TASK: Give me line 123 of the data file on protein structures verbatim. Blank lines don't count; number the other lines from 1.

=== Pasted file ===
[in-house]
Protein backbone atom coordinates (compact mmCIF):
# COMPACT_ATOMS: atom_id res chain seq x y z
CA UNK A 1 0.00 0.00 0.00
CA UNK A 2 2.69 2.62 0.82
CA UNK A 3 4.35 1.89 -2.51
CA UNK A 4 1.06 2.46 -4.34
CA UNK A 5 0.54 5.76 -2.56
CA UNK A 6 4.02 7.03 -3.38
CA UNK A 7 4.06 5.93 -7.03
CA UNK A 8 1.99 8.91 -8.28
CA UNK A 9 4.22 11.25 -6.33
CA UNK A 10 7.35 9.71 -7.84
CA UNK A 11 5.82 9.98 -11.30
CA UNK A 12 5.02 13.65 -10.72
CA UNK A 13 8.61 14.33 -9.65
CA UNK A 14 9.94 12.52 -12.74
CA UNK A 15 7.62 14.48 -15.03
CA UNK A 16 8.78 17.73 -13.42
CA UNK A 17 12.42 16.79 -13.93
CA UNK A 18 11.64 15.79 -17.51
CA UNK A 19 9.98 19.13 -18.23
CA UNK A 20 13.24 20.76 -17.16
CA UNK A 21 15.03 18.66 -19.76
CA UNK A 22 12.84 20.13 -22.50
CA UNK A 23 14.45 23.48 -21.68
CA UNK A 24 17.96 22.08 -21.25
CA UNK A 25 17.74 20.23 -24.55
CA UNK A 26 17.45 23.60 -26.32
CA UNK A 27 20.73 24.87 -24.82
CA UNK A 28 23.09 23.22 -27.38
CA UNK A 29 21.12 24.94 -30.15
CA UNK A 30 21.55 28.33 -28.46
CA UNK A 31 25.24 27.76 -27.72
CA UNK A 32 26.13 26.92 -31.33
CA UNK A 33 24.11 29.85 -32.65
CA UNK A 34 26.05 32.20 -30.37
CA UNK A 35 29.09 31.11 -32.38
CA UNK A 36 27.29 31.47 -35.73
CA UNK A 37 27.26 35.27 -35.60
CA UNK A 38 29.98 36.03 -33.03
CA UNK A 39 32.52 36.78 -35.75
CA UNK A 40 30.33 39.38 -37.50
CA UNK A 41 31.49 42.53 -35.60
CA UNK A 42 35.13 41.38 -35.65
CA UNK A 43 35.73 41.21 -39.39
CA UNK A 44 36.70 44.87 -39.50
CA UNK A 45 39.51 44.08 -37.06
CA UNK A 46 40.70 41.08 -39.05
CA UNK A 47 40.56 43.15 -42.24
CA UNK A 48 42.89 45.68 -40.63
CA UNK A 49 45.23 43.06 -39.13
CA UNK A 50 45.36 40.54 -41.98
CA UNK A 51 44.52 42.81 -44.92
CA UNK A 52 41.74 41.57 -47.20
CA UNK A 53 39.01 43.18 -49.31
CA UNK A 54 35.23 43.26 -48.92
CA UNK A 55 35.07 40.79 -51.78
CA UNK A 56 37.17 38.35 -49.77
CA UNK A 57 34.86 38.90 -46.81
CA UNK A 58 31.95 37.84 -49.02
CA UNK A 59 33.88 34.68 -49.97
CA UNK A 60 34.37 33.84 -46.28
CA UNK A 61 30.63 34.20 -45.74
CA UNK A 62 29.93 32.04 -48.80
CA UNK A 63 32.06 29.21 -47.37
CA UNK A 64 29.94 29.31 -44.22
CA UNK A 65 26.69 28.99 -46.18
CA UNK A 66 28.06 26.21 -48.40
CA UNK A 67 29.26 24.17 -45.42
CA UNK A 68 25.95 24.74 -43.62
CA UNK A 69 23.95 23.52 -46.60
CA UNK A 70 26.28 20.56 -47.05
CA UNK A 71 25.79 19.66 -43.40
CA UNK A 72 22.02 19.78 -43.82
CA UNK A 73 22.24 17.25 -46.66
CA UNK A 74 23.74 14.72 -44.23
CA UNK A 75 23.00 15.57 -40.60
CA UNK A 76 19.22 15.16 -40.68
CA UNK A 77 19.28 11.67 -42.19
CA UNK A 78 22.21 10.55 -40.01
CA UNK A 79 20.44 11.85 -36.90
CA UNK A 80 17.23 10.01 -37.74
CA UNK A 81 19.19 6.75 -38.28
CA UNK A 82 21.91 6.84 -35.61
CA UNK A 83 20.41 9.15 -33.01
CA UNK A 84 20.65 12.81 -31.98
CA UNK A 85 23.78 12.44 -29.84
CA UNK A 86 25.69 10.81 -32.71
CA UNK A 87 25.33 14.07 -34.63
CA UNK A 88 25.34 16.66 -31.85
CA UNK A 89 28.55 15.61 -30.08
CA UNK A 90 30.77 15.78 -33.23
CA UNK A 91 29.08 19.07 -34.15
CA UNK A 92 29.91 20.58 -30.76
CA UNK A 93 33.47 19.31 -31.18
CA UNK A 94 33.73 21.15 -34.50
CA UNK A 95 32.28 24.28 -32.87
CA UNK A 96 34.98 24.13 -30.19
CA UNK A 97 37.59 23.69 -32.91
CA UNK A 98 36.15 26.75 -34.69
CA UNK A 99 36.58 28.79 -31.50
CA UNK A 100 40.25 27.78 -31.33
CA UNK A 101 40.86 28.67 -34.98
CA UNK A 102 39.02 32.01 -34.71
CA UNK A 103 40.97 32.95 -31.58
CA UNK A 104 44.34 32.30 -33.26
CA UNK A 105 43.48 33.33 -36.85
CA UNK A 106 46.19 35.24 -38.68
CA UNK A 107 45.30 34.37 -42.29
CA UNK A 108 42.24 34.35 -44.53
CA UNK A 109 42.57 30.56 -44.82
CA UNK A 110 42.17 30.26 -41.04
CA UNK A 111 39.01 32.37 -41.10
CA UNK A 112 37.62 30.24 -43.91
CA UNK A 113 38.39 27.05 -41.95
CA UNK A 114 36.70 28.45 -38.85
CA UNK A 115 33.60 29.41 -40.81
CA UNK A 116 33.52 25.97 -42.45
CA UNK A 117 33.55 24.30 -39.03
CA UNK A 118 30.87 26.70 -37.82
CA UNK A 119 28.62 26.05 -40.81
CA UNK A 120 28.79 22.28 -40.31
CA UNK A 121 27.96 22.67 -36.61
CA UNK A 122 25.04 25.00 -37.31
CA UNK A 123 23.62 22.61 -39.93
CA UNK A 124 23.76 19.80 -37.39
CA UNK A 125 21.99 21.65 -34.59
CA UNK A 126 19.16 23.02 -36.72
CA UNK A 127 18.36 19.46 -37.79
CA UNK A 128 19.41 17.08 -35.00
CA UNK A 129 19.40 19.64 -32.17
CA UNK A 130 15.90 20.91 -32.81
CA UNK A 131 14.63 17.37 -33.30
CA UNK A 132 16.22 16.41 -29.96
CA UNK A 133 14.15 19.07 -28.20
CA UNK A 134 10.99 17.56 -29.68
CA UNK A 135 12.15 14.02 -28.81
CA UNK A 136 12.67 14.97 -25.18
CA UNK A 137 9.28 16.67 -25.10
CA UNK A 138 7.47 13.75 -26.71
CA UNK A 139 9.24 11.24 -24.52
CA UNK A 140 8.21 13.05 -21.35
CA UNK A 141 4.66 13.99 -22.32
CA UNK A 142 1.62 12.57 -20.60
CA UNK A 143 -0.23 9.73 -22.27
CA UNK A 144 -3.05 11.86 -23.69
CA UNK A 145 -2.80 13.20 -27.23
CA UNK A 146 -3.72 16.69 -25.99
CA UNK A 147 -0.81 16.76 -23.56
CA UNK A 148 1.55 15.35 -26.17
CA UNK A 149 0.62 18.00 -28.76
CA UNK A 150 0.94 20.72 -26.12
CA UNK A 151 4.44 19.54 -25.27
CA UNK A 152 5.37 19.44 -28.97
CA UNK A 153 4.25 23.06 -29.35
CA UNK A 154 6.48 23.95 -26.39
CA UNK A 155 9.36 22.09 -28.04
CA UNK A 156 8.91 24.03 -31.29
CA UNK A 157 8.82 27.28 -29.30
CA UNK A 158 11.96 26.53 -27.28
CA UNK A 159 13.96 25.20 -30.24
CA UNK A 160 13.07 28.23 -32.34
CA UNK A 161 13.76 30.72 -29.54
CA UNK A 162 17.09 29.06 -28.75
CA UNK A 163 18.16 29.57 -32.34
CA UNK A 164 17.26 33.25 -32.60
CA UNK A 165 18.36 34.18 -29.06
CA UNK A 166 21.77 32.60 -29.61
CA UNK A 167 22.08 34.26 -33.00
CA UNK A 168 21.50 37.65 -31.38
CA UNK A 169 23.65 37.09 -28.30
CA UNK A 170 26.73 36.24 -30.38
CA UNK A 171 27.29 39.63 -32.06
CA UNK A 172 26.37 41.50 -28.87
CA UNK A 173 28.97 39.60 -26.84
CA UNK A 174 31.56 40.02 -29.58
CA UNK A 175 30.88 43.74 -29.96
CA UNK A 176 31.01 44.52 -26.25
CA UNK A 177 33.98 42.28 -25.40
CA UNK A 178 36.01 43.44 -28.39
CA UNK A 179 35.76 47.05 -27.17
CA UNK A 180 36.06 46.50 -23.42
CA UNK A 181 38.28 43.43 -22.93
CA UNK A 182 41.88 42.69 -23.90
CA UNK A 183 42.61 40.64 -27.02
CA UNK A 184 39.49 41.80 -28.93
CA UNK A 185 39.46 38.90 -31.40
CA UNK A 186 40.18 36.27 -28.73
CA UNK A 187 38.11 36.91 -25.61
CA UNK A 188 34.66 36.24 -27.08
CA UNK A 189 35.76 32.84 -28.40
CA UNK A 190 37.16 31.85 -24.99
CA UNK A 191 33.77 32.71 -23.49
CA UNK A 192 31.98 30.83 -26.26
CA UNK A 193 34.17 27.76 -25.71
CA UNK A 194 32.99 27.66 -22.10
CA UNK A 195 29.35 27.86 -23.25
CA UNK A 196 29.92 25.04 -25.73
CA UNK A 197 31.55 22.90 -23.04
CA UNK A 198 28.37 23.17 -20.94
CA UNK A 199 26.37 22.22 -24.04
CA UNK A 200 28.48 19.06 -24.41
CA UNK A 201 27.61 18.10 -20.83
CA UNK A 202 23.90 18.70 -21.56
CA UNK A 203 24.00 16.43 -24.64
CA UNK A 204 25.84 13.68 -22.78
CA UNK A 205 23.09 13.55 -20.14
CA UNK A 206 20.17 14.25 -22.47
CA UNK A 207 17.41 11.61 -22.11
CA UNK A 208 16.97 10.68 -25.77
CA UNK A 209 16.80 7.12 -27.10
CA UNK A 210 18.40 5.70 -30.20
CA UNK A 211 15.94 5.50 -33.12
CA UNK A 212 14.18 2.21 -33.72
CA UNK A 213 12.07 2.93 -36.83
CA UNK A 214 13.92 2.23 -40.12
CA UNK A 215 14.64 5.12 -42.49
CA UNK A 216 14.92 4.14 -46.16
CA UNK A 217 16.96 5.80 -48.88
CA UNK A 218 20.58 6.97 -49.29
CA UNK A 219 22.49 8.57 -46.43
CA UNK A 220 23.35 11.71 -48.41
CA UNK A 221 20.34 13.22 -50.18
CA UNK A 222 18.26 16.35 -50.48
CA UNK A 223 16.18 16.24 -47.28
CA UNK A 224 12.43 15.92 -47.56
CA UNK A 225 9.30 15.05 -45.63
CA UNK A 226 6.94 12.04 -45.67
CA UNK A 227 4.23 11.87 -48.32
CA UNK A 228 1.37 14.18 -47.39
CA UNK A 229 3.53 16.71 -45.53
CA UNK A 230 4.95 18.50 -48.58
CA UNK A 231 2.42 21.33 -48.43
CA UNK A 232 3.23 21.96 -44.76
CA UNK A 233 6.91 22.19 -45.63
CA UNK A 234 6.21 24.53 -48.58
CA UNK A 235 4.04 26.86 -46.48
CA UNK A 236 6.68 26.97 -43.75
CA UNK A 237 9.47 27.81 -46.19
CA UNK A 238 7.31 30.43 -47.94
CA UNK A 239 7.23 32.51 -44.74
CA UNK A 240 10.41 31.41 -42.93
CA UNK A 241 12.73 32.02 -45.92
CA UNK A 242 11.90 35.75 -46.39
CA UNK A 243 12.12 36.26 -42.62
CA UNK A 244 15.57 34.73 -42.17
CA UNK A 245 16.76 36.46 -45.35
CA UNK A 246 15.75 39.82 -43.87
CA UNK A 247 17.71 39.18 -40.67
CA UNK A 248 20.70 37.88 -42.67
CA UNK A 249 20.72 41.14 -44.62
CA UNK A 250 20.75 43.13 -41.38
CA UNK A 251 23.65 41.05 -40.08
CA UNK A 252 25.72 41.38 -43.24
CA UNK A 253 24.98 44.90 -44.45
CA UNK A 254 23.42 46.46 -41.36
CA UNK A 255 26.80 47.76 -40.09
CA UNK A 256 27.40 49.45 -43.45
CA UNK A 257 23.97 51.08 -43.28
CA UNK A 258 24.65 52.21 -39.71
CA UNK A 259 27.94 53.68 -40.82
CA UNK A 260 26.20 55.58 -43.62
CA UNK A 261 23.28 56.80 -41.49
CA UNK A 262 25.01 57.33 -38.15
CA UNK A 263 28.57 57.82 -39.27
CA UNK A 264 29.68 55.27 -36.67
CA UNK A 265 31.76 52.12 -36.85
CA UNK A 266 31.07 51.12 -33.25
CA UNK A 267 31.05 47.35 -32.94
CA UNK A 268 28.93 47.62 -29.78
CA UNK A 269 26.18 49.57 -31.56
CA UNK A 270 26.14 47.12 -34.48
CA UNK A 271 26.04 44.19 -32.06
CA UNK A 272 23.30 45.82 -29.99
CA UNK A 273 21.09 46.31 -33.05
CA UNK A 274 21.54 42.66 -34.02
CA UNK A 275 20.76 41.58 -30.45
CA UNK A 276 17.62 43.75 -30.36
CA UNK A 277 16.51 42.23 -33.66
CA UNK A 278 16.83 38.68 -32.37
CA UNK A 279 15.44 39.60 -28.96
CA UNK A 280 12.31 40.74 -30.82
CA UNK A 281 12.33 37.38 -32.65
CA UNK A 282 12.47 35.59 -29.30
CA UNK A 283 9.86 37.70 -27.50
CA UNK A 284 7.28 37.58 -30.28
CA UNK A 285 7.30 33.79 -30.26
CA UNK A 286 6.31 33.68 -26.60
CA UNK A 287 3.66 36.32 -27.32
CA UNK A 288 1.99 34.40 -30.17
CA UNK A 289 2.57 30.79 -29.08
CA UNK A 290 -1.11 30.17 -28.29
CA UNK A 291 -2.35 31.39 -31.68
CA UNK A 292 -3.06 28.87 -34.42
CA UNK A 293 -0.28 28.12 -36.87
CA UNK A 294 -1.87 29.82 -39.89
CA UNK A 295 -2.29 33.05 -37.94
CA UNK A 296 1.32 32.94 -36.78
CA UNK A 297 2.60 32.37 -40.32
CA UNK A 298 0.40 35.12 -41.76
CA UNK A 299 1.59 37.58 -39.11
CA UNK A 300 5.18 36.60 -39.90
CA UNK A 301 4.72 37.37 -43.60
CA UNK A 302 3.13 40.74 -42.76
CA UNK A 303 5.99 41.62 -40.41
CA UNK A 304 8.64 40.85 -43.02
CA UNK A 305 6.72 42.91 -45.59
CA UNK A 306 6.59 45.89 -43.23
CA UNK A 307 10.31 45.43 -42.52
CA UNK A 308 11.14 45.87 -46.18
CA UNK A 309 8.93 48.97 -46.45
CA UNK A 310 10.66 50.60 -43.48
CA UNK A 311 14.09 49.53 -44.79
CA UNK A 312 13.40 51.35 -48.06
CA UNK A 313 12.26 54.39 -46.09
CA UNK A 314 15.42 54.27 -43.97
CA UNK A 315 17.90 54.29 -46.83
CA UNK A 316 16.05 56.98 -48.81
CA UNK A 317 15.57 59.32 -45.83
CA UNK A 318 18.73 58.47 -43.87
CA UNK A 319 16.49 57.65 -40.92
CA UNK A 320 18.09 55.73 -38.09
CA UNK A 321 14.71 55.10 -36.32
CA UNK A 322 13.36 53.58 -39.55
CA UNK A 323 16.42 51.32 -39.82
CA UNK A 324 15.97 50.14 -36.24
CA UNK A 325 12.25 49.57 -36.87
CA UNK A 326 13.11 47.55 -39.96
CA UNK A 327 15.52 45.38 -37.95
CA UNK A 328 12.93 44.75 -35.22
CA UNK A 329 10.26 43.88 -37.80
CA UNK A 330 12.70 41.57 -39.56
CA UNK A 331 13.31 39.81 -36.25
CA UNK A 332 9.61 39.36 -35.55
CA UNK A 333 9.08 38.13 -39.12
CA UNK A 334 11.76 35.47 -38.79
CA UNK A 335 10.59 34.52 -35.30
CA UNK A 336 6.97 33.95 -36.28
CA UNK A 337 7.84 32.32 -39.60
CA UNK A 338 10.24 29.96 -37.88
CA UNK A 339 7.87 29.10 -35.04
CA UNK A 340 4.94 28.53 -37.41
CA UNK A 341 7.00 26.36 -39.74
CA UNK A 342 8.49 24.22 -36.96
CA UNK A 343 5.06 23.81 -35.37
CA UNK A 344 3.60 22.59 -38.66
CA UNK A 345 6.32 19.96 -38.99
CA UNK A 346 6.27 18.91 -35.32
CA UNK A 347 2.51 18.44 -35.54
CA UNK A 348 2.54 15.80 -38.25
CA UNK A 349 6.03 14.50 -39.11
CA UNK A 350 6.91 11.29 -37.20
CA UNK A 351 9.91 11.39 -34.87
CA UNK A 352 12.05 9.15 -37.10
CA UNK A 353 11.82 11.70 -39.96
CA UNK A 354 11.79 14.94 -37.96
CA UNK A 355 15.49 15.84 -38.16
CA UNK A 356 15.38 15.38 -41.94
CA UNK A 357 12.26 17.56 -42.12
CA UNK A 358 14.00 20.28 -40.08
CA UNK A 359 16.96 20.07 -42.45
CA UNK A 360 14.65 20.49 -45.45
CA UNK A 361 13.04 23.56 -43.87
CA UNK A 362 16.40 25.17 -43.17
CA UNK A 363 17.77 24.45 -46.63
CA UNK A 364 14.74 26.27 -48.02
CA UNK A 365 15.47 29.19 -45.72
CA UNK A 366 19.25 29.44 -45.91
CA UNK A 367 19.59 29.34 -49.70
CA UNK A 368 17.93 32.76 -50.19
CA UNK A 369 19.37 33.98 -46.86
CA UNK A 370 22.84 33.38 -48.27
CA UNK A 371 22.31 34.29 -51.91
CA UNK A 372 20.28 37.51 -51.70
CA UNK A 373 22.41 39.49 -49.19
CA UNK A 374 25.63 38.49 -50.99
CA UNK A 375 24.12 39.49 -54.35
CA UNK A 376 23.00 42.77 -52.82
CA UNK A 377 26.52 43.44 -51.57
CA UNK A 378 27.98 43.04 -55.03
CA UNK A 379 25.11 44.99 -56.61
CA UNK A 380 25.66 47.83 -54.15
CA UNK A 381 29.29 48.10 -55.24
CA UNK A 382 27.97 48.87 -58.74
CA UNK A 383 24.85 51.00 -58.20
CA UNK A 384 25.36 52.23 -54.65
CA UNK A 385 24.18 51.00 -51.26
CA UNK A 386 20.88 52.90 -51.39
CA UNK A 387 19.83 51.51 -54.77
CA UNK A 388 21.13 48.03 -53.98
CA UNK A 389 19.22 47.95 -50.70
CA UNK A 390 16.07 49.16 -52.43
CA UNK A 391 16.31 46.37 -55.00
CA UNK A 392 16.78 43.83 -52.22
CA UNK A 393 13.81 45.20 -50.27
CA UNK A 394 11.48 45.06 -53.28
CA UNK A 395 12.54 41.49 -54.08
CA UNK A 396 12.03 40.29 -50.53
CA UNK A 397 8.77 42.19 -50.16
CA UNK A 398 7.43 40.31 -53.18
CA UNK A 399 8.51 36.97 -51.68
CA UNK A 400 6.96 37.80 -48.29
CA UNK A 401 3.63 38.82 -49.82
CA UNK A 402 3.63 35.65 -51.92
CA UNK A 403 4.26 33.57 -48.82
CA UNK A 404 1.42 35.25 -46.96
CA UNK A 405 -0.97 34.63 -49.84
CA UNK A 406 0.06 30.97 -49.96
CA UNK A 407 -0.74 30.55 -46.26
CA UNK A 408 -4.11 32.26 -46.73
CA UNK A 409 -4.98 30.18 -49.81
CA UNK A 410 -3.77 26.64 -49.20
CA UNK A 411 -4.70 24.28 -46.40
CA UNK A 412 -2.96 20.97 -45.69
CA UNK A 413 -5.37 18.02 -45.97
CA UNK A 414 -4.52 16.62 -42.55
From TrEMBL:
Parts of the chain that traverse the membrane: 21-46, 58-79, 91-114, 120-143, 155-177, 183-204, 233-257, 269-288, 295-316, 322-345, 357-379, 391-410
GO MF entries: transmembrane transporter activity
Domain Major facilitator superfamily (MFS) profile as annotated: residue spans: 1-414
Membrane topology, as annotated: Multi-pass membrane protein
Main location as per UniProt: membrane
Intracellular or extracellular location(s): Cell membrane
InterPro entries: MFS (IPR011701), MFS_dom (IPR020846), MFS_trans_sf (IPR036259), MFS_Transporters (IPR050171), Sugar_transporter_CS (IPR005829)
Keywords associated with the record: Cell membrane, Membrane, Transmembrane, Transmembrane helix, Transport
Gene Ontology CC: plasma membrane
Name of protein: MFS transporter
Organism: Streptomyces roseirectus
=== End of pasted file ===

CA UNK A 120 28.79 22.28 -40.31